‘Backroom boys’ - and girls for that matter - often fail to get the recognition they deserve in the music industry, especially those that worked in the classic soul era, where the vocalists were the ones on whom the accolades were bestowed. Ace Records are seeking to do something towards redressing the balance and, following volume one of the Bert Berns’ Story, is their tribute to the sometime partner of Berns, Jerry Ragovoy. (Al Kooper refers to them as “...the white kings of soul music”.) Berns died young, but Ragovoy’s words form a major contribution to the track run-down in the CD notes. He comments “Artists usually get the glory which, for the most part, they deserve and the producer stays in the background.” He also stated: “With every singer I’ve ever worked with, I was like Hitler when it came to vocals. Every time I produce something, it’s as if I’m still trying to prove myself. Every note, every song, every project that I immerse myself in, whether it’s an arrangement or whatever, all of it is a unique challenge.” Ragovoy, whether as producer, arranger, songwriter or just piano player rarely achieved less than perfection, as the twenty-four shining examples here bear witness.
The Castelles’ My Girl Awaits Me takes us right back to 1953. Ragovoy had grown up listening to classical and big-band music, taught himself to play piano, written his first song aged eight and spent four years in an electrical appliance store in a black neighbourhood, whose record department allowed him to become steeped in ‘race’ music. The store owner and Ragovoy started Grand Records to release the Castelles, Jerry’s first time at the production helm. Listening to this track fifty-five years later, his ear for getting the very best out of a vocalist was evident then, reinforced by 21-year-old Ragovoy’s big soul-ballad arrangement of Disappointed, Claudine Clark’s flip to her hit Party Lights, really showcasing her potential.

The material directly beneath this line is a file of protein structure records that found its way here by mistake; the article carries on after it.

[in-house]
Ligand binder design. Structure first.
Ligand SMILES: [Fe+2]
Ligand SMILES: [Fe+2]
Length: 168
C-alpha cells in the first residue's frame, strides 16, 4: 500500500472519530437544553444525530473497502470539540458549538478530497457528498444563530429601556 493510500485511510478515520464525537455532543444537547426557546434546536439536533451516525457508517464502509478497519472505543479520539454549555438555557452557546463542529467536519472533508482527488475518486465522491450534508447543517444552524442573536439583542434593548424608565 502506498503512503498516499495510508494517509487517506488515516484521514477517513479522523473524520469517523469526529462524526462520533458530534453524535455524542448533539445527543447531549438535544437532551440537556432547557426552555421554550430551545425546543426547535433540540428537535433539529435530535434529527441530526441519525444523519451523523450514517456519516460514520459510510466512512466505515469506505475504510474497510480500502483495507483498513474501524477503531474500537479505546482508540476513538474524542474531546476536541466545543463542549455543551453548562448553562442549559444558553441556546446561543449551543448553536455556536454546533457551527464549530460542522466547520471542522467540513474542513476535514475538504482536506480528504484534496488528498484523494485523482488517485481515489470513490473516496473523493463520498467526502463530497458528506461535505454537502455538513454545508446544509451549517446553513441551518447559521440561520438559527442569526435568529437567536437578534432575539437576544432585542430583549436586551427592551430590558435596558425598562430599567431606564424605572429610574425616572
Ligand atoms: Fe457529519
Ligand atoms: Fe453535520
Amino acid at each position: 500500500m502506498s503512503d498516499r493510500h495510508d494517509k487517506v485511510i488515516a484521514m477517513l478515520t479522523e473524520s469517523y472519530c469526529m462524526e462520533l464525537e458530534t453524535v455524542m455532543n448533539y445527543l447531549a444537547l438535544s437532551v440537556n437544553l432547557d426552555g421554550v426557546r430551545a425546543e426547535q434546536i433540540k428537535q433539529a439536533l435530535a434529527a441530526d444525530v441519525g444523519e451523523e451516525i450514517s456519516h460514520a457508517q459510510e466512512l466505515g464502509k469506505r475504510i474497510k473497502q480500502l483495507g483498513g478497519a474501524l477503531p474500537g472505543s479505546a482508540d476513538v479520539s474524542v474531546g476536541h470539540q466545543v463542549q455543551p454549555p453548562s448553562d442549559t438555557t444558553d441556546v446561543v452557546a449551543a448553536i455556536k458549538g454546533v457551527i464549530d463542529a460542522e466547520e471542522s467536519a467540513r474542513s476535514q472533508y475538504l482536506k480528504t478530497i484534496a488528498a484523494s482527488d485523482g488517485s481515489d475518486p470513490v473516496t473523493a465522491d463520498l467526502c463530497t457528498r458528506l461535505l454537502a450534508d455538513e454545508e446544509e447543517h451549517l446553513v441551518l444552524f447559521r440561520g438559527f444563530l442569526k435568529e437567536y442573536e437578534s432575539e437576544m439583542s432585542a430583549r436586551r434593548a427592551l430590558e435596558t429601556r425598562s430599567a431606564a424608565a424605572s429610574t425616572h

After working with Chancellor Records out of Philly, Ragovoy moved to New York, where he had placed his first big hit, the Majors’ A Wonderful Dream with Imperial Records. He began associations with companies such as Liberty/UA and Warner Bros and got to work with some of the great vocalists of soul. Cry Baby by Garnet Mimms and Lorraine Ellison’s Stay With Me are the stuff of legends. The original of Time Is On My Side is here, with the trumpet of Kai Winding providing the then unwritten verses and sitting atop backing vocals provided by the Warwicks and Cissy Houston. Not Irma Thomas’ baby then but Jerry did get to work with her later. Former gospel singer Carl Hall shows just where he cut his chops on two selections; jazz songstress Pat Thomas glides effortlessly over the Baby Washington vehicle, I Can’t Wait Until I See My Baby’s Face and Estelle Brown gets the spotlight for the fine You Got Just What You Asked For, co-written by Norman Meade, just one of Ragovoy’s past songwriting aliases.
Ragovoy’s involvement in Miriam Makeba’s classic Pata Pata recording was a surprise to me, but not the distinctive partnership between him and Howard Tate. Although 23 of the 24 recordings within the ‘story’ here span the two-and-a-half decades between 1953 and 1978, the last one is from 2003. “We...decided that we were too good of a team not to do some more music for the world to enjoy,” Tate said. This CD ends superbly with the stripped-down remake of Tate’s 1967 outing, Get It While You Can. Just Tate’s vocals, Ragovoy’s piano... and a mountain of soul. So little has been written about Jerry Ragovoy over the years and, even now he seems content to talk more about the music than about himself. Well, if it’s the music that has to speak for him, it will say “This is a grand master”.
By David Cole
Editor of In The Basement magazine